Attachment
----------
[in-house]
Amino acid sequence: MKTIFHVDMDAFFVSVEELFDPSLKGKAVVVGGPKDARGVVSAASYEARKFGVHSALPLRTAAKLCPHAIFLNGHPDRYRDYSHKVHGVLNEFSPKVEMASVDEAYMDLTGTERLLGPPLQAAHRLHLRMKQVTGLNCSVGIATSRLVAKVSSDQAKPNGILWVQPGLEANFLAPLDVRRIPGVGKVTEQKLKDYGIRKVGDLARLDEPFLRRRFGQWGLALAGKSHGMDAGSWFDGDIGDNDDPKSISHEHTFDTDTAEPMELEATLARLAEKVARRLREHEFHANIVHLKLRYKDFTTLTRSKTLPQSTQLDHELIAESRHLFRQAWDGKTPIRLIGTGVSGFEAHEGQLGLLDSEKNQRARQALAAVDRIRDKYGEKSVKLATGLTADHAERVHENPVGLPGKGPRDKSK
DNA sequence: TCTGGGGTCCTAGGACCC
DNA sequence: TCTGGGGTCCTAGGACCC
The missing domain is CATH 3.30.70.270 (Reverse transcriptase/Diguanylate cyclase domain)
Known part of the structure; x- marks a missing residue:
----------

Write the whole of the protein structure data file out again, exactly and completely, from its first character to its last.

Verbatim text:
[in-house]
Amino acid sequence: MKTIFHVDMDAFFVSVEELFDPSLKGKAVVVGGPKDARGVVSAASYEARKFGVHSALPLRTAAKLCPHAIFLNGHPDRYRDYSHKVHGVLNEFSPKVEMASVDEAYMDLTGTERLLGPPLQAAHRLHLRMKQVTGLNCSVGIATSRLVAKVSSDQAKPNGILWVQPGLEANFLAPLDVRRIPGVGKVTEQKLKDYGIRKVGDLARLDEPFLRRRFGQWGLALAGKSHGMDAGSWFDGDIGDNDDPKSISHEHTFDTDTAEPMELEATLARLAEKVARRLREHEFHANIVHLKLRYKDFTTLTRSKTLPQSTQLDHELIAESRHLFRQAWDGKTPIRLIGTGVSGFEAHEGQLGLLDSEKNQRARQALAAVDRIRDKYGEKSVKLATGLTADHAERVHENPVGLPGKGPRDKSK
DNA sequence: TCTGGGGTCCTAGGACCC
DNA sequence: TCTGGGGTCCTAGGACCC
The missing domain is CATH 3.30.70.270 (Reverse transcriptase/Diguanylate cyclase domain)
Known part of the structure; x- marks a missing residue: